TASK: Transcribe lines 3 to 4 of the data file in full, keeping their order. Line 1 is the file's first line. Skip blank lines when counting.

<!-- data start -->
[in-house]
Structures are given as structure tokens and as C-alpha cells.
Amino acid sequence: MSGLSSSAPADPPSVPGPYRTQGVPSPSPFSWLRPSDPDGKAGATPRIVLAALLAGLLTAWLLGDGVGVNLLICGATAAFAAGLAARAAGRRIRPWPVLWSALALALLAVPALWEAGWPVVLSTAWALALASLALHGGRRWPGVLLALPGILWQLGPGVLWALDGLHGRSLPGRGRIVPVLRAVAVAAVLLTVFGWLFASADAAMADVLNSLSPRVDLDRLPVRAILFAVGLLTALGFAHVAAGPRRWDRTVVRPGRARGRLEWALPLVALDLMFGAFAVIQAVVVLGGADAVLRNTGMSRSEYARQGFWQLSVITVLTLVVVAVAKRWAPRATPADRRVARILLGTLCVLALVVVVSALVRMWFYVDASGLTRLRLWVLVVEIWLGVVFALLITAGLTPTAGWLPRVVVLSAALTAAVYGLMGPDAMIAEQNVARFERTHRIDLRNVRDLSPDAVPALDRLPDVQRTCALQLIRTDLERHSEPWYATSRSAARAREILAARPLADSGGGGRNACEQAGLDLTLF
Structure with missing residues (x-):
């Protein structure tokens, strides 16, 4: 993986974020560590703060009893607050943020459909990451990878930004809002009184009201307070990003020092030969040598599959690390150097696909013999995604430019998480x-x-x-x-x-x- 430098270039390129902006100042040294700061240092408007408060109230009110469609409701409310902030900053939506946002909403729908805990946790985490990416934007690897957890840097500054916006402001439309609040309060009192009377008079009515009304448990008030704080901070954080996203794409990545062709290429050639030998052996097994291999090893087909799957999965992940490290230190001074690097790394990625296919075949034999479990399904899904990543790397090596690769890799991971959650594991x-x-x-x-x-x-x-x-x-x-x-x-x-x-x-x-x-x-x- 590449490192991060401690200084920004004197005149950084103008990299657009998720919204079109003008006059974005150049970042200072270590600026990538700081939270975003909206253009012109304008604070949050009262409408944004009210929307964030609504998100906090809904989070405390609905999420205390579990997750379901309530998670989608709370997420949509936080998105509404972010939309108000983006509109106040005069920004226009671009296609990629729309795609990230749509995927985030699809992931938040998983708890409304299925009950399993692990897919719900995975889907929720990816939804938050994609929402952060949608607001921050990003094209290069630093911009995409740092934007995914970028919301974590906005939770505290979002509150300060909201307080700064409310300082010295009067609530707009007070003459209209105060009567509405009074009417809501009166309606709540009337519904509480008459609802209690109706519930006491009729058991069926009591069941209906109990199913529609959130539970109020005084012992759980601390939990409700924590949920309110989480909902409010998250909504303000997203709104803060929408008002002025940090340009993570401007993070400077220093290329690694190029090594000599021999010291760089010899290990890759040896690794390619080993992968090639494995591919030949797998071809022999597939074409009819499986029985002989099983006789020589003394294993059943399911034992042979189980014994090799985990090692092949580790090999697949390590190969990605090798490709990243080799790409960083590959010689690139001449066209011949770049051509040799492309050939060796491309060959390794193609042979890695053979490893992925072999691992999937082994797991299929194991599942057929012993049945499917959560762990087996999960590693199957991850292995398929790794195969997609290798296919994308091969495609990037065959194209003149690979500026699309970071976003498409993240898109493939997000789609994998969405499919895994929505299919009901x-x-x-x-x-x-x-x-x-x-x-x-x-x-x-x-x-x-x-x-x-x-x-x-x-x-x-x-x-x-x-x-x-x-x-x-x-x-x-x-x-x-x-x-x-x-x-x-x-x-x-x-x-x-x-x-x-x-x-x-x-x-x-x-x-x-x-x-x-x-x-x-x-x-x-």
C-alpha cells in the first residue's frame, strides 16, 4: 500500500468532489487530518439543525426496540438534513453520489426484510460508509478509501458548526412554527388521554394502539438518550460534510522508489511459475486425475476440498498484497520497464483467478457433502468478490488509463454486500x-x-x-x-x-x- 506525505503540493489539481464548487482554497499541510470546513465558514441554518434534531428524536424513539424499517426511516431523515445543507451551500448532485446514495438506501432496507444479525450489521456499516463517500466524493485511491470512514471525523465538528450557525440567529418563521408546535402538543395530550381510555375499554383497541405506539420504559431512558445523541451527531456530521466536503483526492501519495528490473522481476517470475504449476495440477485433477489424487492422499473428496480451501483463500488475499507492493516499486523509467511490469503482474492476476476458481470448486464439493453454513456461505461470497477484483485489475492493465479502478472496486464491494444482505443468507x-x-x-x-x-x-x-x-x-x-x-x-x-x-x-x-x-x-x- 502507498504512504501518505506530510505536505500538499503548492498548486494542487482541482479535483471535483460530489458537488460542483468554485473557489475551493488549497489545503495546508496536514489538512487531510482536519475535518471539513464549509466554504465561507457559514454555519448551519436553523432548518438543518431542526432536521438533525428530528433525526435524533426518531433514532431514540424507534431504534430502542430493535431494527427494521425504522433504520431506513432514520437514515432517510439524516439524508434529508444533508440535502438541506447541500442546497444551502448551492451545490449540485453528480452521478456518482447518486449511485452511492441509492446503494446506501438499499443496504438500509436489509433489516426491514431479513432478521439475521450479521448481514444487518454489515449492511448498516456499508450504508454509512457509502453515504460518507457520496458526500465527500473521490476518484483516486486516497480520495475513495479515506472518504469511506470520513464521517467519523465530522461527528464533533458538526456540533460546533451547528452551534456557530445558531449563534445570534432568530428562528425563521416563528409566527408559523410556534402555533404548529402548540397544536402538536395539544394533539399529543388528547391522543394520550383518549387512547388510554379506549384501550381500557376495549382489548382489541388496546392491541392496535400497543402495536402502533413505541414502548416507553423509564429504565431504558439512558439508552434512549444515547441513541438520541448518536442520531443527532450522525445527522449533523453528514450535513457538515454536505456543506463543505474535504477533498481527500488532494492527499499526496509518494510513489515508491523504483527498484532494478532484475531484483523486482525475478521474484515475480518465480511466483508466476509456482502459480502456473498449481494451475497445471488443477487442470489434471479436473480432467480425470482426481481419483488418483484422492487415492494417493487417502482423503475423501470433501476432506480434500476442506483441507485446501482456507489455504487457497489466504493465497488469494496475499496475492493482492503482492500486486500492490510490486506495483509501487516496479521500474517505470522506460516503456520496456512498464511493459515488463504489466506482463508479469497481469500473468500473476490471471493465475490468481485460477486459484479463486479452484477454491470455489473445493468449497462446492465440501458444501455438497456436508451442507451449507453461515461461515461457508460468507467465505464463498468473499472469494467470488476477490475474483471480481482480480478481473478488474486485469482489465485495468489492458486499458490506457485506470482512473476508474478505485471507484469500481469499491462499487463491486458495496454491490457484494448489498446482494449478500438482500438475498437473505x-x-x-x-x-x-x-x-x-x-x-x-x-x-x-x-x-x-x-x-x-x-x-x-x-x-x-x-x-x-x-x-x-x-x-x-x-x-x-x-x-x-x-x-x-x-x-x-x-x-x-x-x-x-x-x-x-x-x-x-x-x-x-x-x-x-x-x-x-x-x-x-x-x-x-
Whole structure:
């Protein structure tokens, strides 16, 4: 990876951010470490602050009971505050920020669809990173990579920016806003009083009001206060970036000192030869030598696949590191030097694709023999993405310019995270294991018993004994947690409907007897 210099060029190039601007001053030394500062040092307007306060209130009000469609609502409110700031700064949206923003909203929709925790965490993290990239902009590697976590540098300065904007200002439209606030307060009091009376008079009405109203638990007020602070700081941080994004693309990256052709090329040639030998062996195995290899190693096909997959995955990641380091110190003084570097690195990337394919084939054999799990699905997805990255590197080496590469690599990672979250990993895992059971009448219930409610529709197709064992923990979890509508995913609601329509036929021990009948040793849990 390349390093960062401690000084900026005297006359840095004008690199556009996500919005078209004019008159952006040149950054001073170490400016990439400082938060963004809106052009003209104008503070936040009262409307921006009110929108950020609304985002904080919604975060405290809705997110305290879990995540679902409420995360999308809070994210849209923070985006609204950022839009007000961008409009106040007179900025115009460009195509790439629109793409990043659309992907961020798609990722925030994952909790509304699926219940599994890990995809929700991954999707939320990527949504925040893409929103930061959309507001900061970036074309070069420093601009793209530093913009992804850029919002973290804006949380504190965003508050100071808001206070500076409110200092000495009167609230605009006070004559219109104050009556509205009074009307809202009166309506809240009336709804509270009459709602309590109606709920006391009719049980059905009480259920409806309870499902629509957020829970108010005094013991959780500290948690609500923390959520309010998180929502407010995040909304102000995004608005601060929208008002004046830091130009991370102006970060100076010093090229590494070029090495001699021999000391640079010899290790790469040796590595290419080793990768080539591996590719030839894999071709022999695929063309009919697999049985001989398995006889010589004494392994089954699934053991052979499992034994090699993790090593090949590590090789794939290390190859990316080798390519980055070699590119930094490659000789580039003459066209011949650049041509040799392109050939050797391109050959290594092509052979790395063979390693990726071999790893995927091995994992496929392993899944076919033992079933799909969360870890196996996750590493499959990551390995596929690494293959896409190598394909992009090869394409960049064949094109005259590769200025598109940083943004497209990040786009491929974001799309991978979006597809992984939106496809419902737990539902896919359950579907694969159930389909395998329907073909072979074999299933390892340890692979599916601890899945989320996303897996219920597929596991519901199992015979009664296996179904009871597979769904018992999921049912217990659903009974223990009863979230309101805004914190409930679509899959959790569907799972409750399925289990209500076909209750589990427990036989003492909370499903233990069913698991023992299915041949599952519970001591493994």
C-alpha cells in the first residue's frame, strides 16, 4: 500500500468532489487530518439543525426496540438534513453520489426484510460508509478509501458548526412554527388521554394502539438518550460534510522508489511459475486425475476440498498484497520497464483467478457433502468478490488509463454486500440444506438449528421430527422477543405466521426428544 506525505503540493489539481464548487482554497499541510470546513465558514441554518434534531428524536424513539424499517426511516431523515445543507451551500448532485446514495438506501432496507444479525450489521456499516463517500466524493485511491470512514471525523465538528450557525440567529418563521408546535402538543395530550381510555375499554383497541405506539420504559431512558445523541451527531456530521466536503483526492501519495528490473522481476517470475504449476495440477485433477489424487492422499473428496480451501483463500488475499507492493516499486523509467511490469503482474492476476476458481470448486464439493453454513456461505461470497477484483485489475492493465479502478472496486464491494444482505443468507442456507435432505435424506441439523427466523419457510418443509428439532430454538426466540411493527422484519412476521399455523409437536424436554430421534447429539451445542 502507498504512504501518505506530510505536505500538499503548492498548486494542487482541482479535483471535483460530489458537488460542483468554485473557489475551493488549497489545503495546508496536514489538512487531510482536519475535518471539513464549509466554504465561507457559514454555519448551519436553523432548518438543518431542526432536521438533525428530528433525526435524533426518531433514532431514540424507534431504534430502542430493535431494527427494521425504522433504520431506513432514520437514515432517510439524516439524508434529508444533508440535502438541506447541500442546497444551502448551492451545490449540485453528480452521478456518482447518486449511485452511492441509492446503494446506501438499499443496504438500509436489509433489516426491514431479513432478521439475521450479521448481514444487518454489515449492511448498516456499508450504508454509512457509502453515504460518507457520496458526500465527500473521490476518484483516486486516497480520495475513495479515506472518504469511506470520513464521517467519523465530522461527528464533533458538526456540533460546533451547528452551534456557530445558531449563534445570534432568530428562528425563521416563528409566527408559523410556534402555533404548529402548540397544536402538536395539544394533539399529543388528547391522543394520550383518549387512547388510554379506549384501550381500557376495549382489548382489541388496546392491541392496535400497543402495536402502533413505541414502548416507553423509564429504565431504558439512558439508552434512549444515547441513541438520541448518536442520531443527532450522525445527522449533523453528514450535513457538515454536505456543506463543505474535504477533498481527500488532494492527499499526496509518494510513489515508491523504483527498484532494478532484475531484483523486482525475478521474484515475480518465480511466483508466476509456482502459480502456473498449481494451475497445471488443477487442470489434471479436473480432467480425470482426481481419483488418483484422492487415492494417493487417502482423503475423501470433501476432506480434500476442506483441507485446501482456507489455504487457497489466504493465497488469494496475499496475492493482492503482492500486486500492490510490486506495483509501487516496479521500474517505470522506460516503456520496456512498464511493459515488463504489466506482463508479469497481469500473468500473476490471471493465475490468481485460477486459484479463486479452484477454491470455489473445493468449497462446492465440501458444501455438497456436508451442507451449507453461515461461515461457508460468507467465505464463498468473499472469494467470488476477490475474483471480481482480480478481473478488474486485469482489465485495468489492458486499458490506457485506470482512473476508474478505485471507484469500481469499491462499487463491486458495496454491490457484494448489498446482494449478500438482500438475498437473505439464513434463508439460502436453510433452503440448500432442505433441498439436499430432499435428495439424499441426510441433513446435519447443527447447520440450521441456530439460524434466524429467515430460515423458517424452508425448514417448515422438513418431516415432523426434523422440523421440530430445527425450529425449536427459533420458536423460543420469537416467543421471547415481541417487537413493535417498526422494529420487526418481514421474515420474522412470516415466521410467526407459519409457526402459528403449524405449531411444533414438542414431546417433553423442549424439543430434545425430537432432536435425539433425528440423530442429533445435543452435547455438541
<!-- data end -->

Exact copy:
Amino acid sequence: MSGLSSSAPADPPSVPGPYRTQGVPSPSPFSWLRPSDPDGKAGATPRIVLAALLAGLLTAWLLGDGVGVNLLICGATAAFAAGLAARAAGRRIRPWPVLWSALALALLAVPALWEAGWPVVLSTAWALALASLALHGGRRWPGVLLALPGILWQLGPGVLWALDGLHGRSLPGRGRIVPVLRAVAVAAVLLTVFGWLFASADAAMADVLNSLSPRVDLDRLPVRAILFAVGLLTALGFAHVAAGPRRWDRTVVRPGRARGRLEWALPLVALDLMFGAFAVIQAVVVLGGADAVLRNTGMSRSEYARQGFWQLSVITVLTLVVVAVAKRWAPRATPADRRVARILLGTLCVLALVVVVSALVRMWFYVDASGLTRLRLWVLVVEIWLGVVFALLITAGLTPTAGWLPRVVVLSAALTAAVYGLMGPDAMIAEQNVARFERTHRIDLRNVRDLSPDAVPALDRLPDVQRTCALQLIRTDLERHSEPWYATSRSAARAREILAARPLADSGGGGRNACEQAGLDLTLF
Structure with missing residues (x-):